The university says it cannot rename any buildings named for Confederate or civil rights figures, including Thurmond, because the South
Carolina Heritage Act prevents schools in the state from making independent changes. Armel is also advocating for repeal of the Heritage Act.
“We cannot erase history and I’m not saying we don’t continue to teach history,” says Hastings, a two-time Olympic gold medalist. “Who we glorify in our history, needs to be different.
“On the one hand, they’re just the names of buildings, but on the other hand, you see how deep and how in your face this thing is.”
The deaths of George Floyd, Breonna Taylor and Ahmaud Arbery have led to protests and demonstrations across the United States. Despite concerns related to COVID-19, Hunt and her sister participated in a march near their home in New Jersey, staying to the front so they could socially distance. With most students off campus, Howard University, an HBCU, has done mental health check-ins with its student-athletes due to the stress and anguish felt by many.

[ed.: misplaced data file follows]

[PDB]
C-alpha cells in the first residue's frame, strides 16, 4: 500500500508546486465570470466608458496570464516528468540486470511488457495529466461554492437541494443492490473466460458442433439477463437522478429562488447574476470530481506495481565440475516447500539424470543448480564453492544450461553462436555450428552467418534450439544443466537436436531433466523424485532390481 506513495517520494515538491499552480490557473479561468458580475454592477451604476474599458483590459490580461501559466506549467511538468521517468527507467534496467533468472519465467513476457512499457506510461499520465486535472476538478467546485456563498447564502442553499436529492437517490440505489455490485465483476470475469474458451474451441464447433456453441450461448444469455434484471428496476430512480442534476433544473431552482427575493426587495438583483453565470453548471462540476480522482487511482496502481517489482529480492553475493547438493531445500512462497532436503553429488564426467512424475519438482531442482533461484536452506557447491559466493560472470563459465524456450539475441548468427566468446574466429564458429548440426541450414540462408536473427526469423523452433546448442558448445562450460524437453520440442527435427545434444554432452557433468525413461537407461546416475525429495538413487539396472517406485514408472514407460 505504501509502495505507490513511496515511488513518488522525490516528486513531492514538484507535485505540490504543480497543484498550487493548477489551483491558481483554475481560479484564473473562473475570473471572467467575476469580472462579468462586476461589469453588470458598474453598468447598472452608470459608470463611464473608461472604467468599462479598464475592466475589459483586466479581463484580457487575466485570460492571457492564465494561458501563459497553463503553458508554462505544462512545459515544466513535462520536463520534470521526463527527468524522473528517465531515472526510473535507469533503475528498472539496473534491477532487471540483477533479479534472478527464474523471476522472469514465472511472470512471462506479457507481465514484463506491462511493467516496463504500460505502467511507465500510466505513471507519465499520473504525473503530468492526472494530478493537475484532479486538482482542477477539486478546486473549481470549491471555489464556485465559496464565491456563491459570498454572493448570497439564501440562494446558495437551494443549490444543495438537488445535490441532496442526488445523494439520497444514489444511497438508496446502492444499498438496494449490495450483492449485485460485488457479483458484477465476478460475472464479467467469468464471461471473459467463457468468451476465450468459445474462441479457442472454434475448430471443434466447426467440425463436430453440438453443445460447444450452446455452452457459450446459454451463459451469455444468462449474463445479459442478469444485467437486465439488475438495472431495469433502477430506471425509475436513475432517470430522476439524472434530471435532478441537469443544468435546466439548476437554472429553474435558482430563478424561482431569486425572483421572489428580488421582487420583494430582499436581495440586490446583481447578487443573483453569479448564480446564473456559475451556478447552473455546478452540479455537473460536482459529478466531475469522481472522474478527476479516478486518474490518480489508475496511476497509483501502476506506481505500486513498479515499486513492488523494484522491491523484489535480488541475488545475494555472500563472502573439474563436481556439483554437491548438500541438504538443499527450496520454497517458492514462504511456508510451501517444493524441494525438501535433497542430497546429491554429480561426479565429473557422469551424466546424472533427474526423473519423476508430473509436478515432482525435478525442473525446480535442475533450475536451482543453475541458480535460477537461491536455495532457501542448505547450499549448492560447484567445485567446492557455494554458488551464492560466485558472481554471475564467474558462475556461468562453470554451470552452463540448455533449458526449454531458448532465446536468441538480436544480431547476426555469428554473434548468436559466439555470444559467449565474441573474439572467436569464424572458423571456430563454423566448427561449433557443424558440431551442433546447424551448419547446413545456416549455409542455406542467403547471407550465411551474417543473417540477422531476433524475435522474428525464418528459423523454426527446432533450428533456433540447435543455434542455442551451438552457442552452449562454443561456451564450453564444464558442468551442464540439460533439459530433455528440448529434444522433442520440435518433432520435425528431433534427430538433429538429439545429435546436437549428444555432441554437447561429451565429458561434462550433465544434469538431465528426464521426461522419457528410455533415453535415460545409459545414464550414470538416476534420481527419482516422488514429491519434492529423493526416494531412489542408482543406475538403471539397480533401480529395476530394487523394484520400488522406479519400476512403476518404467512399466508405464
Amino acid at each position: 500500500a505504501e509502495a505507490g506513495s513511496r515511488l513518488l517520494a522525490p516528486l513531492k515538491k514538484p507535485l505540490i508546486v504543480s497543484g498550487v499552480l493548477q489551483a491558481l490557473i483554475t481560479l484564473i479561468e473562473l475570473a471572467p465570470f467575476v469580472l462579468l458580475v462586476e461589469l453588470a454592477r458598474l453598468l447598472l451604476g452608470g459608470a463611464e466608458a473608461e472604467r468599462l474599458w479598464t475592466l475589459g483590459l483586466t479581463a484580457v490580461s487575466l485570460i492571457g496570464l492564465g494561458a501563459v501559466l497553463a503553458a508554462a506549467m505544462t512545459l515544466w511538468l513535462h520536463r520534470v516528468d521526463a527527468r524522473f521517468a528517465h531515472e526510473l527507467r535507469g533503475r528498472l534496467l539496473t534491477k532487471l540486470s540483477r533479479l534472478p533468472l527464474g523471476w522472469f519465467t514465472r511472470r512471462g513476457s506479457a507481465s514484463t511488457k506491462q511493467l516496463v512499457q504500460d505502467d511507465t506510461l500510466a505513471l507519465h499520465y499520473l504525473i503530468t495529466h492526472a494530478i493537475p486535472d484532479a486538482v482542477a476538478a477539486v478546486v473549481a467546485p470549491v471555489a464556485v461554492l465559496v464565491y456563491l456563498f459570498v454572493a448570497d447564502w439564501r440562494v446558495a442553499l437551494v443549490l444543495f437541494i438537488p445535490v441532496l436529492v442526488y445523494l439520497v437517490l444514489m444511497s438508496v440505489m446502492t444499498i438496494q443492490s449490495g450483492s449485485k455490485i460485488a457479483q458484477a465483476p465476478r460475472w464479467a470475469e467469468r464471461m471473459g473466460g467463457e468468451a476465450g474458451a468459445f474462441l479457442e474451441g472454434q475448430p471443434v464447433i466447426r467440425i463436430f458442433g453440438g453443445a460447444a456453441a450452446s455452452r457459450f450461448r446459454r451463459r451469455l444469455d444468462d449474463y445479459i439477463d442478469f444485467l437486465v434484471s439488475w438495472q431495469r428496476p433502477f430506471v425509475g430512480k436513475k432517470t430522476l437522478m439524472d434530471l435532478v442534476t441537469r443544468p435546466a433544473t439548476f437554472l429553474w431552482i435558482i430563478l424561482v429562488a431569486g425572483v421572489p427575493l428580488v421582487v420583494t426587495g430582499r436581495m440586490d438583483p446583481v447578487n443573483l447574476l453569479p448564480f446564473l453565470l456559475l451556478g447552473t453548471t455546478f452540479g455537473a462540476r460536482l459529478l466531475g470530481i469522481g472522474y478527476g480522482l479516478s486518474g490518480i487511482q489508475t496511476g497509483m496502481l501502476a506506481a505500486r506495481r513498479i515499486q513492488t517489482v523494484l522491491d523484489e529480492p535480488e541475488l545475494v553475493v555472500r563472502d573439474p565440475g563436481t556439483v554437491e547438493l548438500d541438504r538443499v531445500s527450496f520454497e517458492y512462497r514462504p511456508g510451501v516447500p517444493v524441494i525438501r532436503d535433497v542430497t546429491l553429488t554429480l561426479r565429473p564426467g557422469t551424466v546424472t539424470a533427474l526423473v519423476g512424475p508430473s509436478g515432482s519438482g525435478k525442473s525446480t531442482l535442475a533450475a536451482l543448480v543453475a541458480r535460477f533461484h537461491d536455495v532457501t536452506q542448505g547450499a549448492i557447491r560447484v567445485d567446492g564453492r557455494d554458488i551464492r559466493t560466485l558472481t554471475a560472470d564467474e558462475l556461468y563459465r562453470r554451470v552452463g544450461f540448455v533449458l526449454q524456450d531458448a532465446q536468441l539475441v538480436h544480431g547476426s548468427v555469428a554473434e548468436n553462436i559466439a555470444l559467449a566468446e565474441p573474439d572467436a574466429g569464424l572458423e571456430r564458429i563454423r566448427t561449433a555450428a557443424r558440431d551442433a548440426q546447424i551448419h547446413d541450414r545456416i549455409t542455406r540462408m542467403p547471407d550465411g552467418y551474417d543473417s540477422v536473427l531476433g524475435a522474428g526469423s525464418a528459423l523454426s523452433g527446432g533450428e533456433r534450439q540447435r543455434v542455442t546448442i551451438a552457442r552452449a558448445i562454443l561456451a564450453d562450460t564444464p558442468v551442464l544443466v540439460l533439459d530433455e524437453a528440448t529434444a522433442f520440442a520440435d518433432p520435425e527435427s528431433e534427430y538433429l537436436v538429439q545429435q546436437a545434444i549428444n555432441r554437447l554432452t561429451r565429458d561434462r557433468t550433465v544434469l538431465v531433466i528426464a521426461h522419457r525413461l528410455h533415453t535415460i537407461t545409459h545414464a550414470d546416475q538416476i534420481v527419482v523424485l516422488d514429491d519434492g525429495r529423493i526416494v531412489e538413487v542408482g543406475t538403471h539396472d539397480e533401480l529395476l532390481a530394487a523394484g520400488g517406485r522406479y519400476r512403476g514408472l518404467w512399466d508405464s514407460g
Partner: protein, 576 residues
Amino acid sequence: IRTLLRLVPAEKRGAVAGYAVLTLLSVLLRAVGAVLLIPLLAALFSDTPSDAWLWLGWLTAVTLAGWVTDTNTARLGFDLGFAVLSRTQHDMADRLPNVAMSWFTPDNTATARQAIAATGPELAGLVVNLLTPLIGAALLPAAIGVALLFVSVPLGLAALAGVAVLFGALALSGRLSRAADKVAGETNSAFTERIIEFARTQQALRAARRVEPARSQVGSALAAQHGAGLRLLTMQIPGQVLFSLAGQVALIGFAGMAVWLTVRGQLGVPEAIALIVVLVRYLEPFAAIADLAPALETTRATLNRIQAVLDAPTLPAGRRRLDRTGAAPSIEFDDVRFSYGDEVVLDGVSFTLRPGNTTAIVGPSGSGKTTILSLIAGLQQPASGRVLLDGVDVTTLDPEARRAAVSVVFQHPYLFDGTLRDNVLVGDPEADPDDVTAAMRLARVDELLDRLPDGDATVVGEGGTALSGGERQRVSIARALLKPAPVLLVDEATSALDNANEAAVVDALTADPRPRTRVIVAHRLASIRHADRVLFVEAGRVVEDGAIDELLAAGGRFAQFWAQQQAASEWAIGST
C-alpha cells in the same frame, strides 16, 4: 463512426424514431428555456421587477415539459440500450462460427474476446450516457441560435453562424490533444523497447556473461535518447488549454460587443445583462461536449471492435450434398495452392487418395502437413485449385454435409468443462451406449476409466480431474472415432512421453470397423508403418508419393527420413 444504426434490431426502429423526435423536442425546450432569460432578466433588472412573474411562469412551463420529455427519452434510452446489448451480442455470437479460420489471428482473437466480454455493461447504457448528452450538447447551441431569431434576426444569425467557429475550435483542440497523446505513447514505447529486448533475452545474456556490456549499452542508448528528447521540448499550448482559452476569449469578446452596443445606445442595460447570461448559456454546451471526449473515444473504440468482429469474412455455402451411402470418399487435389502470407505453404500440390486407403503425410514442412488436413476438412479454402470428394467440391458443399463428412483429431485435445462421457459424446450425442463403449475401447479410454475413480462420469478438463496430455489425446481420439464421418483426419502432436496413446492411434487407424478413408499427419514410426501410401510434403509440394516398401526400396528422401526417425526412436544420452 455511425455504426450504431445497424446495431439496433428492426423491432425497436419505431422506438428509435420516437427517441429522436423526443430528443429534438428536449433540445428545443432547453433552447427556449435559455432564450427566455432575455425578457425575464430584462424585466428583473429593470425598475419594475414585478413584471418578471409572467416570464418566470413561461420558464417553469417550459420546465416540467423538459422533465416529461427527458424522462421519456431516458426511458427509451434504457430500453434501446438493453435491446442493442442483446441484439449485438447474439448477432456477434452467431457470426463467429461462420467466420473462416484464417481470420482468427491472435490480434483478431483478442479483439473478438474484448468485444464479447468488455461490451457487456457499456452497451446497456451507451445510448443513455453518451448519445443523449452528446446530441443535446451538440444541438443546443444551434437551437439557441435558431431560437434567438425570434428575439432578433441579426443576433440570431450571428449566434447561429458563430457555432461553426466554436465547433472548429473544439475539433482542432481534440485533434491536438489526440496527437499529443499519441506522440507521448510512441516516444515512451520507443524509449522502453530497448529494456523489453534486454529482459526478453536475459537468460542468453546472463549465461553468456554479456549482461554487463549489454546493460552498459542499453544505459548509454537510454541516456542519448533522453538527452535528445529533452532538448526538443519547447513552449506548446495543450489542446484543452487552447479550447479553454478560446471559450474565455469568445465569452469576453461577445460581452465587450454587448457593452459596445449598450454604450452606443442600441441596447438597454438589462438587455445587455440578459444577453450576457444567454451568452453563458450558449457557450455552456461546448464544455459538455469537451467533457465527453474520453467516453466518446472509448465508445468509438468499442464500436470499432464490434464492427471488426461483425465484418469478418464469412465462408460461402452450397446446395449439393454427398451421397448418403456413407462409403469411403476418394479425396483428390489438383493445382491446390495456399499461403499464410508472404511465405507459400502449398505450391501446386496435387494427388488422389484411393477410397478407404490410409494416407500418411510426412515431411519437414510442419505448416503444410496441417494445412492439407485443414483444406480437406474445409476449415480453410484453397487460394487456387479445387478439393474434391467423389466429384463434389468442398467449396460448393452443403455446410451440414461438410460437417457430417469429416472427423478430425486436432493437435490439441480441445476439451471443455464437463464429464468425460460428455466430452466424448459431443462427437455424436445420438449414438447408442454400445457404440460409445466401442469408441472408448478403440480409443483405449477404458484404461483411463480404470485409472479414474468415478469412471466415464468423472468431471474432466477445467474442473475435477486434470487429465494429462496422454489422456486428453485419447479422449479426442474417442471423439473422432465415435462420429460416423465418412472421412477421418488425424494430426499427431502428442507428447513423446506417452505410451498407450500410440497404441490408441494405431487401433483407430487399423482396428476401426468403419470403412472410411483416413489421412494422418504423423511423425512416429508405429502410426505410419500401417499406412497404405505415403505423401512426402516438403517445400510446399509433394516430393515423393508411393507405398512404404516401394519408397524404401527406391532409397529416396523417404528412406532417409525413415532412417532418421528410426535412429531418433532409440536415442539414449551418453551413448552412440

“We wanted all people to feel they have a voice whether it was out in the streets or at home,” says Hunt. “I express my activism unapologetically. I’m always trying to inform people of what’s going on and not let it be swept under the rug.”
Dr. Akilah R. Carter-Francique, a sports sociologist, former student-athlete and executive director of the Institute for the Study of Sport, Society and Social Change (ISSSSC) at San Jose State University (SJSU), says, in the past, student-athletes have at times had their activism stymied by the “heavy hand of the NCAA in governing the student-athlete experience.”
Organizing for change
In direct response to Floyd’s death, student-athletes from the women’s soccer team and men’s basketball team at SJSU together with the women’s soccer team at the University of California, Santa Barbara (UCSB) formed Collegiate Athletes for Black Lives Matter.